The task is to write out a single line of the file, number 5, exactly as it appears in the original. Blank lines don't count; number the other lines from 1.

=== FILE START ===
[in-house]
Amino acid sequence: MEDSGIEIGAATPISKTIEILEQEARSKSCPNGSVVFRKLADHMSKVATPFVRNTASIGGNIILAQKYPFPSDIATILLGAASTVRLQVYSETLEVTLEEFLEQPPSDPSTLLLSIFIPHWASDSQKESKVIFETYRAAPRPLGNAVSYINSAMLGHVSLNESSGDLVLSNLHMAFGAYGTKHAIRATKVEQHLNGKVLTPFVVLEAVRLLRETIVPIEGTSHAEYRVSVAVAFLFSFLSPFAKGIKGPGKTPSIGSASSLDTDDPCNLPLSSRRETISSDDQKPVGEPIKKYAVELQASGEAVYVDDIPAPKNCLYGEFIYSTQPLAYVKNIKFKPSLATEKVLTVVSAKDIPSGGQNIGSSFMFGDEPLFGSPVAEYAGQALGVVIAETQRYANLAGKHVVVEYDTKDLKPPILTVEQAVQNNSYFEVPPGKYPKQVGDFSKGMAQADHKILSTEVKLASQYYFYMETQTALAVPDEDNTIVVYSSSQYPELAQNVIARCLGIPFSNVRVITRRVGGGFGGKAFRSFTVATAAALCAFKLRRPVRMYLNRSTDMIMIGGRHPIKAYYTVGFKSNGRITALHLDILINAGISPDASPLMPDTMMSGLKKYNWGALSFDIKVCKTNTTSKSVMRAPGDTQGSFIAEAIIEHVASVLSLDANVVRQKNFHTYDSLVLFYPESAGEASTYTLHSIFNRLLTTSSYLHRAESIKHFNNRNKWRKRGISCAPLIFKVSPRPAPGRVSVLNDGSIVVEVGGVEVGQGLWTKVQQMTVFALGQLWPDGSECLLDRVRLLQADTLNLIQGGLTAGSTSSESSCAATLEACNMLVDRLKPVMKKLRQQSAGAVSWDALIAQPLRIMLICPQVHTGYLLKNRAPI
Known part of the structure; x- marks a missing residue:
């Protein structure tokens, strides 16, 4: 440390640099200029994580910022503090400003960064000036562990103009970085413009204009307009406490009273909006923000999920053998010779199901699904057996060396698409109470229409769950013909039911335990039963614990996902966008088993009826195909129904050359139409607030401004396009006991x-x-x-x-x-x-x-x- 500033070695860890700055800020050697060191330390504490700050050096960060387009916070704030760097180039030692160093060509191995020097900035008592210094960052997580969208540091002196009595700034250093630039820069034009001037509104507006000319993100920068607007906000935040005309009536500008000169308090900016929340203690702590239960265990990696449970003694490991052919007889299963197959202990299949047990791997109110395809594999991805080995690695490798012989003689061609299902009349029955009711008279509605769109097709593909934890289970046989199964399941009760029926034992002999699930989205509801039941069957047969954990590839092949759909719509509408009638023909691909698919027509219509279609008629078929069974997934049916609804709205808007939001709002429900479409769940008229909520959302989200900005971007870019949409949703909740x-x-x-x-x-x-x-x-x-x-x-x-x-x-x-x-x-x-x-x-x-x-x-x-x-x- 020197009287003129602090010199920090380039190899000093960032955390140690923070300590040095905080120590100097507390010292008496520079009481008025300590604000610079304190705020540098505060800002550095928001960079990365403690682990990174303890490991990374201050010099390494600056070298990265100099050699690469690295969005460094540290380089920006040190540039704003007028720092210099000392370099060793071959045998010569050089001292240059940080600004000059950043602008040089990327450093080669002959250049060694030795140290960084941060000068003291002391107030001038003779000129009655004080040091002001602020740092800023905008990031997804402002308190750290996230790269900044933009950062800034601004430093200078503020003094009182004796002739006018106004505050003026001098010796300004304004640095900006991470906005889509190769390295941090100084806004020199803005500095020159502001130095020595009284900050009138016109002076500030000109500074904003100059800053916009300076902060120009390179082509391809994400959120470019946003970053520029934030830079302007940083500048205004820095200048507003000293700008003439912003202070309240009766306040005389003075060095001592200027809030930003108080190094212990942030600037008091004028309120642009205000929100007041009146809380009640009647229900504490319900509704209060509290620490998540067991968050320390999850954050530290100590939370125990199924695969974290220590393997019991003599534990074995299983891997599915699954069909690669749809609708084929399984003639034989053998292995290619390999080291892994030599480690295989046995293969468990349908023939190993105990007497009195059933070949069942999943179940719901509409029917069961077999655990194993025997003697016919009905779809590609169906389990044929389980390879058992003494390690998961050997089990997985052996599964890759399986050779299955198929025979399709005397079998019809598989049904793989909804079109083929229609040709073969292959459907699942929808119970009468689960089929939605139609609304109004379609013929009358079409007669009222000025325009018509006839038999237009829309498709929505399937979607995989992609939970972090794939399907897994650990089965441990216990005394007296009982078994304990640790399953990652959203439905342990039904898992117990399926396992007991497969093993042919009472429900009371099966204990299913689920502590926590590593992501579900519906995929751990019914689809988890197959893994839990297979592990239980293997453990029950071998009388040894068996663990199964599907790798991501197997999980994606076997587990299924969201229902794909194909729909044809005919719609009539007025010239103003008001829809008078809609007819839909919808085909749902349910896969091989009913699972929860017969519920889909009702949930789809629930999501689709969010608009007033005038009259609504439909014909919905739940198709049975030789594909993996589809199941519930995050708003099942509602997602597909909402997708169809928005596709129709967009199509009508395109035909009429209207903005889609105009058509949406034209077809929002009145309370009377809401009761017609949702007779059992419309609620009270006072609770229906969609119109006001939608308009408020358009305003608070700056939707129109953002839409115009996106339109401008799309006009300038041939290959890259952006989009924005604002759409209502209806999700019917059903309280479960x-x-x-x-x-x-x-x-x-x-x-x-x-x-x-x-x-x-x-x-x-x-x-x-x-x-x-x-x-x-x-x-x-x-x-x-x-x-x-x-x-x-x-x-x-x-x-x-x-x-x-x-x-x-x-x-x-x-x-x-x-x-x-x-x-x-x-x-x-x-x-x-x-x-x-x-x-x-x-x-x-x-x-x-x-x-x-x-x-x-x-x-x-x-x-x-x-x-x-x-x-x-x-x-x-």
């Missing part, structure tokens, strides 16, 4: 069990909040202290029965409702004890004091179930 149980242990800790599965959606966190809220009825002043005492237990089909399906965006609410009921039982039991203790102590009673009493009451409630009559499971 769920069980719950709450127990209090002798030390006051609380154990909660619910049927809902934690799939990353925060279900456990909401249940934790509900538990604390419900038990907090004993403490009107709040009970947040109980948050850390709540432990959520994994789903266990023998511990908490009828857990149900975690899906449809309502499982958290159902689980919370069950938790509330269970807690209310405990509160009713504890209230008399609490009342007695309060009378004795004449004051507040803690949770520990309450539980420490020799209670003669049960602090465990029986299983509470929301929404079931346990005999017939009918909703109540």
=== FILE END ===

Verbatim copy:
């Missing part, structure tokens, strides 16, 4: 069990909040202290029965409702004890004091179930 149980242990800790599965959606966190809220009825002043005492237990089909399906965006609410009921039982039991203790102590009673009493009451409630009559499971 769920069980719950709450127990209090002798030390006051609380154990909660619910049927809902934690799939990353925060279900456990909401249940934790509900538990604390419900038990907090004993403490009107709040009970947040109980948050850390709540432990959520994994789903266990023998511990908490009828857990149900975690899906449809309502499982958290159902689980919370069950938790509330269970807690209310405990509160009713504890209230008399609490009342007695309060009378004795004449004051507040803690949770520990309450539980420490020799209670003669049960602090465990029986299983509470929301929404079931346990005999017939009918909703109540």